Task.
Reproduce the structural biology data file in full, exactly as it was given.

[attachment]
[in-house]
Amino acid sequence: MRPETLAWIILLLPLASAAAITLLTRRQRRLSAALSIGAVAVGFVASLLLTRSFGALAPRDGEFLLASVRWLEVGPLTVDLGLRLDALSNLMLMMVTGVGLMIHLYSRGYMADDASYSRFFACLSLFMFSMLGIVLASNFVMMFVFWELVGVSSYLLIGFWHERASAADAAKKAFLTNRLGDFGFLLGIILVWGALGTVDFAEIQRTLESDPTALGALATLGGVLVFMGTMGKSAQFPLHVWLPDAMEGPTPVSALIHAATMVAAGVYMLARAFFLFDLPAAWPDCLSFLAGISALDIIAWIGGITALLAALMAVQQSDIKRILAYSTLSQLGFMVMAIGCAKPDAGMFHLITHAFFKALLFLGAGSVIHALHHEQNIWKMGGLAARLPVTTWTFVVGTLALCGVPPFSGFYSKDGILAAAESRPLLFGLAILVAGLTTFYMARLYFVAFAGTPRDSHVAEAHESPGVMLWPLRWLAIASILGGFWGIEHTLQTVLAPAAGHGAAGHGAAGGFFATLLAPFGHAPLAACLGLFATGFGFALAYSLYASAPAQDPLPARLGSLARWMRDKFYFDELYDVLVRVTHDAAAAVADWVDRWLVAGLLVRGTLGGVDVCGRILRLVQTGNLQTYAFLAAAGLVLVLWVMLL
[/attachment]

[in-house]
Amino acid sequence: MRPETLAWIILLLPLASAAAITLLTRRQRRLSAALSIGAVAVGFVASLLLTRSFGALAPRDGEFLLASVRWLEVGPLTVDLGLRLDALSNLMLMMVTGVGLMIHLYSRGYMADDASYSRFFACLSLFMFSMLGIVLASNFVMMFVFWELVGVSSYLLIGFWHERASAADAAKKAFLTNRLGDFGFLLGIILVWGALGTVDFAEIQRTLESDPTALGALATLGGVLVFMGTMGKSAQFPLHVWLPDAMEGPTPVSALIHAATMVAAGVYMLARAFFLFDLPAAWPDCLSFLAGISALDIIAWIGGITALLAALMAVQQSDIKRILAYSTLSQLGFMVMAIGCAKPDAGMFHLITHAFFKALLFLGAGSVIHALHHEQNIWKMGGLAARLPVTTWTFVVGTLALCGVPPFSGFYSKDGILAAAESRPLLFGLAILVAGLTTFYMARLYFVAFAGTPRDSHVAEAHESPGVMLWPLRWLAIASILGGFWGIEHTLQTVLAPAAGHGAAGHGAAGGFFATLLAPFGHAPLAACLGLFATGFGFALAYSLYASAPAQDPLPARLGSLARWMRDKFYFDELYDVLVRVTHDAAAAVADWVDRWLVAGLLVRGTLGGVDVCGRILRLVQTGNLQTYAFLAAAGLVLVLWVMLL